Obama's bodacious gay marriage straddle

In yet another attempt to be on both sides of a controversial issue, President Obama refuses to be straight about his position on gay marriage.

During the 2008 presidential campaign Obama said he did not support same-sex marriage and believed “marriage is between a man and a woman.” You can watch Obama say it here.


Two years later, on Oct. 27, 2010, Obama revealed that his views on gay marriage are evolving.

“I have been to this point unwilling to sign on to same-sex marriage primarily because of my understandings of the traditional definitions of marriage. But I also think you’re right that attitudes evolve, including mine.”

Last year Obama instructed the Justice Department to no longer defend the constitutionality of the Defense of Marriage Act, the legal prohibition on federal recognition of same-sex marriages.

Then, on Sunday, in an appearance on NBC’s “Meet the Press” Vice President Biden said that he is “absolutely comfortable” with gay couples having the same rights as heterosexual couples. On Monday Secretary of Education Arne Duncan said he believes gay marriage should be legal in the United States.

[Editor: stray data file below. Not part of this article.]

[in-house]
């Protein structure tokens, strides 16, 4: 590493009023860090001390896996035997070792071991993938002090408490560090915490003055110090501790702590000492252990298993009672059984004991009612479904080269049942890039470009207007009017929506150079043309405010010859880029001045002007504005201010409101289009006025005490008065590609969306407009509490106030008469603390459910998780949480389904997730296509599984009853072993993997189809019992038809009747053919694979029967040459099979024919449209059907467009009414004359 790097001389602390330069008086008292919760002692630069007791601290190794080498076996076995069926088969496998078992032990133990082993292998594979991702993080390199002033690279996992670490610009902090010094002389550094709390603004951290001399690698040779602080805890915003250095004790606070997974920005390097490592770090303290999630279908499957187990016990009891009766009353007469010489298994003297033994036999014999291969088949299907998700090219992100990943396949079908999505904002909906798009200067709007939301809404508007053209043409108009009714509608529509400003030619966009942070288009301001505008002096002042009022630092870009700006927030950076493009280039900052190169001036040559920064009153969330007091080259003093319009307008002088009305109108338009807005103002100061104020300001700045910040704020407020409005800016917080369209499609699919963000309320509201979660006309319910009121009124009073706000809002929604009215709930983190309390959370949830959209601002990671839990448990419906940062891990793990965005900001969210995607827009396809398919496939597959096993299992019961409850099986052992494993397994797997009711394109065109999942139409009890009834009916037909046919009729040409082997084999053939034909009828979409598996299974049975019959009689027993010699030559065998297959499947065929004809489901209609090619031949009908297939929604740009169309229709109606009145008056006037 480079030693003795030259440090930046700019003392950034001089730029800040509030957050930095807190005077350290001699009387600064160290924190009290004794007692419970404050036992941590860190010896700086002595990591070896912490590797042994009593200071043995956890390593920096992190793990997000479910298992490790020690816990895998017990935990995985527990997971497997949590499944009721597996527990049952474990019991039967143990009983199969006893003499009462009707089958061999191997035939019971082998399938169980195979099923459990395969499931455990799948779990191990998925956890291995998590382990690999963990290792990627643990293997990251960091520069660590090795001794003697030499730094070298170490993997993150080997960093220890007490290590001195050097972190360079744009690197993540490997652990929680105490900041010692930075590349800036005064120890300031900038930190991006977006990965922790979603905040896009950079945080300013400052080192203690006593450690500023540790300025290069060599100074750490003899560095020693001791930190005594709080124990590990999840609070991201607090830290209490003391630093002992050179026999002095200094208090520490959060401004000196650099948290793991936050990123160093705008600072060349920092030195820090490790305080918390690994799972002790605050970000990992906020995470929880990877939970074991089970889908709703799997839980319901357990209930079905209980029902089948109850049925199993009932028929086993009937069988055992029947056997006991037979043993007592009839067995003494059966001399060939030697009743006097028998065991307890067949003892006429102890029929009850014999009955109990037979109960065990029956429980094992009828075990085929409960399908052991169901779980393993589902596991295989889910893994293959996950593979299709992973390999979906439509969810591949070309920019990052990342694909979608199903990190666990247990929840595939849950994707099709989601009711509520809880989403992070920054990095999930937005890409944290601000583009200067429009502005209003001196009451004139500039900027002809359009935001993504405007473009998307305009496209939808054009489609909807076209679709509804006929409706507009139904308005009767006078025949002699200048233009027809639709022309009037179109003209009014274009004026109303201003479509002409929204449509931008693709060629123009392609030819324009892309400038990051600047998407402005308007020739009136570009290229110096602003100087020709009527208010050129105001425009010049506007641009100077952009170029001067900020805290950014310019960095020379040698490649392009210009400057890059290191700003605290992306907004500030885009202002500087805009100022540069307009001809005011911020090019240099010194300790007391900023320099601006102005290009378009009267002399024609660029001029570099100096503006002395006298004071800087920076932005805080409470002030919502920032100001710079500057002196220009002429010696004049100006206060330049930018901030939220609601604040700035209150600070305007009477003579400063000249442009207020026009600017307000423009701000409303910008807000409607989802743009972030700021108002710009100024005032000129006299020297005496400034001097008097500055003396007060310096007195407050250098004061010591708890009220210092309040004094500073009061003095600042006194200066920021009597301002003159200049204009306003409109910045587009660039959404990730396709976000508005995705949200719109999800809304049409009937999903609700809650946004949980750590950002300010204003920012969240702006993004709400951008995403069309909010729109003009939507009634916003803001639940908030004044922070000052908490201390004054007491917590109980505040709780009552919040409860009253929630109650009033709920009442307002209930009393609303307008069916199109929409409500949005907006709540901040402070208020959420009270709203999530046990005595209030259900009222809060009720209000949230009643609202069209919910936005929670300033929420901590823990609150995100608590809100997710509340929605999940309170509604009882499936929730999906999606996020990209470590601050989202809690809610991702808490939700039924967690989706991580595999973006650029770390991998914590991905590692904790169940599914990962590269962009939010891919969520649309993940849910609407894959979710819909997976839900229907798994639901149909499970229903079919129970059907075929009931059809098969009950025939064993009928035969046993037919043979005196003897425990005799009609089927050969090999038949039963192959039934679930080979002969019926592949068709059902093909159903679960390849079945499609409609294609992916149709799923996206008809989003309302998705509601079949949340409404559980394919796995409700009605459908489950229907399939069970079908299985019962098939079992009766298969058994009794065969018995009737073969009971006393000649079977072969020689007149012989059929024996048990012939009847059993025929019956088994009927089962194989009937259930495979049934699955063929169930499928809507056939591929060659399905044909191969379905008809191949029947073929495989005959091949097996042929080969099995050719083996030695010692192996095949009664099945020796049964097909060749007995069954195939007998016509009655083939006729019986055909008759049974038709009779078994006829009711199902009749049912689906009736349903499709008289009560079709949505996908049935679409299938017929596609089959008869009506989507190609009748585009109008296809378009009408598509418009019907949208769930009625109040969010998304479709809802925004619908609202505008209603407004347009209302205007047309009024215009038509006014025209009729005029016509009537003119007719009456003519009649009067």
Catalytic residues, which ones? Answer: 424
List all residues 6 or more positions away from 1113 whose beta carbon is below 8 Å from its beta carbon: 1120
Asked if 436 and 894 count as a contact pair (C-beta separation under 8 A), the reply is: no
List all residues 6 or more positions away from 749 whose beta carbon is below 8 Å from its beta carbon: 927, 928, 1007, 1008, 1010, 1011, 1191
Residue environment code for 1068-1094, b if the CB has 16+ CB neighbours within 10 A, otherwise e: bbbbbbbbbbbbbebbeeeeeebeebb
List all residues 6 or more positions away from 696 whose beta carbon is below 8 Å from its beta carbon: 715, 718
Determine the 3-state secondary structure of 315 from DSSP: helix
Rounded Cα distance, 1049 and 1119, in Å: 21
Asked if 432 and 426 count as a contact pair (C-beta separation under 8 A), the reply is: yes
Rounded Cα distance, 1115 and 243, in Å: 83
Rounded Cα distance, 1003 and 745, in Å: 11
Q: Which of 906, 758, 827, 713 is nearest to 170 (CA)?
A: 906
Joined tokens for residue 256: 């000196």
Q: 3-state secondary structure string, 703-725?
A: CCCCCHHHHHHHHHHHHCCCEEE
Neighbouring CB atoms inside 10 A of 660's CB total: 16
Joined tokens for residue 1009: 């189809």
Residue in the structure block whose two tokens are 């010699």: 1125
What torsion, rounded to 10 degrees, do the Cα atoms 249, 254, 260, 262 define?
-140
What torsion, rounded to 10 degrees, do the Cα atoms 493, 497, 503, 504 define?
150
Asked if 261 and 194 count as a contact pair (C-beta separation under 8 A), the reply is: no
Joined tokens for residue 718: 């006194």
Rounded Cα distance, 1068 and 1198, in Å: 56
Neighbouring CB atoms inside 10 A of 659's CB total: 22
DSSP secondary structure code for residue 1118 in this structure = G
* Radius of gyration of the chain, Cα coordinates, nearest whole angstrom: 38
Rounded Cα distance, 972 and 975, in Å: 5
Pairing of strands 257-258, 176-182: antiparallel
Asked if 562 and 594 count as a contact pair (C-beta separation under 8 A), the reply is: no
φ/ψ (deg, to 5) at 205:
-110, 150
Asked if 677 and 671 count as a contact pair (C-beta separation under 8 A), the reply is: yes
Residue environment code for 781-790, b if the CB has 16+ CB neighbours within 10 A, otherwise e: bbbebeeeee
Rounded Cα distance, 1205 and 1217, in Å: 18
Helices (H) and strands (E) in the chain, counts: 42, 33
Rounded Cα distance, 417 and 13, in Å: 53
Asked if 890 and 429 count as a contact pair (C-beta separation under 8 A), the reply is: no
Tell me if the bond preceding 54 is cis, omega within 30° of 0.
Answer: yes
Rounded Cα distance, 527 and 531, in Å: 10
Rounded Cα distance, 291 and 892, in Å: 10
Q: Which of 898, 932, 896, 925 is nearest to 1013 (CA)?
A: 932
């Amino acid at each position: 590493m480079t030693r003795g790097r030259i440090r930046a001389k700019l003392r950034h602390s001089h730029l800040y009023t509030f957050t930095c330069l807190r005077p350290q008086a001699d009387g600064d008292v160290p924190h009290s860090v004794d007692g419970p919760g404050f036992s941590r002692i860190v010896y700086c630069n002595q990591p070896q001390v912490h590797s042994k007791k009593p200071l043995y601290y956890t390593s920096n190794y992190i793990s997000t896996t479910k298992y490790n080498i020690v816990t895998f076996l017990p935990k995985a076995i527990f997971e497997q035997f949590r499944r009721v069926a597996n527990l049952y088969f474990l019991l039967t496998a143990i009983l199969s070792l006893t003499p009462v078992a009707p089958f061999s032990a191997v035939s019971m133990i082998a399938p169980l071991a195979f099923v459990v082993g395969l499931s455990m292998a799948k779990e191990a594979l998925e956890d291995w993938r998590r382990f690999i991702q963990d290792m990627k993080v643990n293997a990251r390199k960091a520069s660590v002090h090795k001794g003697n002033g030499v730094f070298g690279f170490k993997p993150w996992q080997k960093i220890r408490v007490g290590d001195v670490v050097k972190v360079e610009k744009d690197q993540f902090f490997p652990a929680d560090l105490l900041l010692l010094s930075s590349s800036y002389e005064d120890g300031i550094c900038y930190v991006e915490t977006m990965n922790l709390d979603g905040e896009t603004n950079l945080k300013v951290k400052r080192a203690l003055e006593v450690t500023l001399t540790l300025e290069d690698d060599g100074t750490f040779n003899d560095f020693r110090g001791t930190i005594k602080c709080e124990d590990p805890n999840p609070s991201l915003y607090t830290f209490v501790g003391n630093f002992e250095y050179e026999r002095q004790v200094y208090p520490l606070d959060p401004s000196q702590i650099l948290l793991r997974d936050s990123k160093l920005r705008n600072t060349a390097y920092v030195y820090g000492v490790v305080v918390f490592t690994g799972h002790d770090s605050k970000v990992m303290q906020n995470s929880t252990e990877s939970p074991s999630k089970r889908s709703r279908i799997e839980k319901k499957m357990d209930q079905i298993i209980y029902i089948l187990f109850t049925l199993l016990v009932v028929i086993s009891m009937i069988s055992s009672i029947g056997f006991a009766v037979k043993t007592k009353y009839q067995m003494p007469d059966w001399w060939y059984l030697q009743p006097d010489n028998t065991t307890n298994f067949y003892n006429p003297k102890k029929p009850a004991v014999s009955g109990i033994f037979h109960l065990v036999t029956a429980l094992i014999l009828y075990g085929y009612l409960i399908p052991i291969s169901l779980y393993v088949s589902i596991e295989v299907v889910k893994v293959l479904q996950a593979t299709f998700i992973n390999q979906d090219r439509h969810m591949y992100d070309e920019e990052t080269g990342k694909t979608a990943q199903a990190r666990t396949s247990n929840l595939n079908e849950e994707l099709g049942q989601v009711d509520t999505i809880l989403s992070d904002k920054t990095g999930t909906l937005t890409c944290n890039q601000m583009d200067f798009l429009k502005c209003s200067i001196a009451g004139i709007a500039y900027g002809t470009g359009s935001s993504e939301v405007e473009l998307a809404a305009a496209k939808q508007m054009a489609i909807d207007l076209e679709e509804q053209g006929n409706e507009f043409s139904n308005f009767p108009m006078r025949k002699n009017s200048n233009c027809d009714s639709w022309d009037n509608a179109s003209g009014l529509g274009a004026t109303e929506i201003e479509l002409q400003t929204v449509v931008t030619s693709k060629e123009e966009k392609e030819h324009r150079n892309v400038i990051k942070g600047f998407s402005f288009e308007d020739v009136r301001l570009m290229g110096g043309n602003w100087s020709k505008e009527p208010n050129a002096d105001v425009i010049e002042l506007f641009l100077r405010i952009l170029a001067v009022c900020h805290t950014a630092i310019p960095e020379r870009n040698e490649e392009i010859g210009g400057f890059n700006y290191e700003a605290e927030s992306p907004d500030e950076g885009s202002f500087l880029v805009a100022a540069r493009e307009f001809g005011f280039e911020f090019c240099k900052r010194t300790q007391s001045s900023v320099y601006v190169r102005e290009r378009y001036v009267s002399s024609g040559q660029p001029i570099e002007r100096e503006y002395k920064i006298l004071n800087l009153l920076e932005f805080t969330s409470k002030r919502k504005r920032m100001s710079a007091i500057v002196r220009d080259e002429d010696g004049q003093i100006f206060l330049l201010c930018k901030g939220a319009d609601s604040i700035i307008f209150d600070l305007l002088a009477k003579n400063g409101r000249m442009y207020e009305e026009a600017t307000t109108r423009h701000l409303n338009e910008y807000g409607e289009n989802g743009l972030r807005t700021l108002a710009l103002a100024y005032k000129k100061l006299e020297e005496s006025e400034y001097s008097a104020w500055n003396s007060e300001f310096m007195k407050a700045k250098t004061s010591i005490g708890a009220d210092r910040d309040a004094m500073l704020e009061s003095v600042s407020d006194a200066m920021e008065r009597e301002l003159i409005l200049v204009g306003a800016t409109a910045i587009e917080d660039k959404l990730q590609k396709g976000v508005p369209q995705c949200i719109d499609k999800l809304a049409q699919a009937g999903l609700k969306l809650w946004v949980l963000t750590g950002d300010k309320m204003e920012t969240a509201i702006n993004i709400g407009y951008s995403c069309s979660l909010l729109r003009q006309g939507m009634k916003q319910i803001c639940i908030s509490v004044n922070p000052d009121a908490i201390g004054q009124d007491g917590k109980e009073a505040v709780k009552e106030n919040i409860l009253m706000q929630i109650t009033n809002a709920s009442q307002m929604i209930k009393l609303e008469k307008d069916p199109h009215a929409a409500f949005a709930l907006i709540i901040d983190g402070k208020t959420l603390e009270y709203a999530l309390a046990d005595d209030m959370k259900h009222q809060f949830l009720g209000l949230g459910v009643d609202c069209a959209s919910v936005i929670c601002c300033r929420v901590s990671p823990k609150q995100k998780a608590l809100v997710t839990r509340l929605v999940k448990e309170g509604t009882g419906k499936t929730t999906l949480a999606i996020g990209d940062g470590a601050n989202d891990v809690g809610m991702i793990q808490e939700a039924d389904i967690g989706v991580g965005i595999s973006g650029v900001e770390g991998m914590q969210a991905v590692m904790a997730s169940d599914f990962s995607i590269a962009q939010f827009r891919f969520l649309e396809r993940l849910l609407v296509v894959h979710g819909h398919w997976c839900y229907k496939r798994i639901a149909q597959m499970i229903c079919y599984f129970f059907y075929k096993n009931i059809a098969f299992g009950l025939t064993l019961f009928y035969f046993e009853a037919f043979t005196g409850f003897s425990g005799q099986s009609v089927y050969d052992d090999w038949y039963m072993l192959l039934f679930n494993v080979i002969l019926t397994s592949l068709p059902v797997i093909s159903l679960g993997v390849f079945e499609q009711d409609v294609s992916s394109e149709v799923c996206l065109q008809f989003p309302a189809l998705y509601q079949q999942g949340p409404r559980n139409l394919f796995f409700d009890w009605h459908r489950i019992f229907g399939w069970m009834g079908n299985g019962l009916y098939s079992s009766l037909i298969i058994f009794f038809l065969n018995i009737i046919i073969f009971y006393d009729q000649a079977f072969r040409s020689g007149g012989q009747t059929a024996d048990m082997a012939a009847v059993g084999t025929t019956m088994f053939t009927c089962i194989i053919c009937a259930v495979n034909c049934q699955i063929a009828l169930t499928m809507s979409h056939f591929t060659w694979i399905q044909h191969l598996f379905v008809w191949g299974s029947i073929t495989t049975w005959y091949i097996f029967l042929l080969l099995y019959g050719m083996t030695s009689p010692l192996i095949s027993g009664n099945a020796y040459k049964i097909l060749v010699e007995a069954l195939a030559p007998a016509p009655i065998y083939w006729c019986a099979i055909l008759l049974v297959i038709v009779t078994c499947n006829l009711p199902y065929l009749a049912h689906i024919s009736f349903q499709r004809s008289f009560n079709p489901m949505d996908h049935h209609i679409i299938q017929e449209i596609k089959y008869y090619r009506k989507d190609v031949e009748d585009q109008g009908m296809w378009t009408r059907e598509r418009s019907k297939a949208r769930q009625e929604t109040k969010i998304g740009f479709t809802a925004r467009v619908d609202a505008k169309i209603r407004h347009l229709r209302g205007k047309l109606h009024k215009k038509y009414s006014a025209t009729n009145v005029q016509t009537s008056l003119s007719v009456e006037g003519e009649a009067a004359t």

That got the White House press corps so hot and bothered that White House press secretary Jay Carney had to obfuscate president Obama’s evolving position on same-sex marriage more than 50 times during yesterday’s press briefing. Watch a video of Carney’s ordeal:


The reason Obama goes to such lengths to try and be perceived on both sides of the gay marriage controversy is simple –it is his politics of expediency.


Today Gallup reported that 50 percent of Americans believe same-sex marriages should be recognized by law as valid, with the same rights as traditional marriages. That’s down from 53 percent  last year.  Forty-eight percent say such marriages should not be legal. According to Gallup:

President Obama’s campaign strategy team obviously is continuing to grapple with how to handle it — with the vice president on the one hand essentially endorsing legalized gay marriage, while the administration on the other hand stops just short of the same pronouncement.

Two core Obama constituencies -– young voters and African-Americans — are on opposite sides of the gay marriage divide. Today North Carolina, one of this year’s critical swing states, is voting on a constitutional ban on gay marriage. So Obama, even more nuanced than Senator John Kerry, continues to try and be perceived as if he is both for and against gay marriage.


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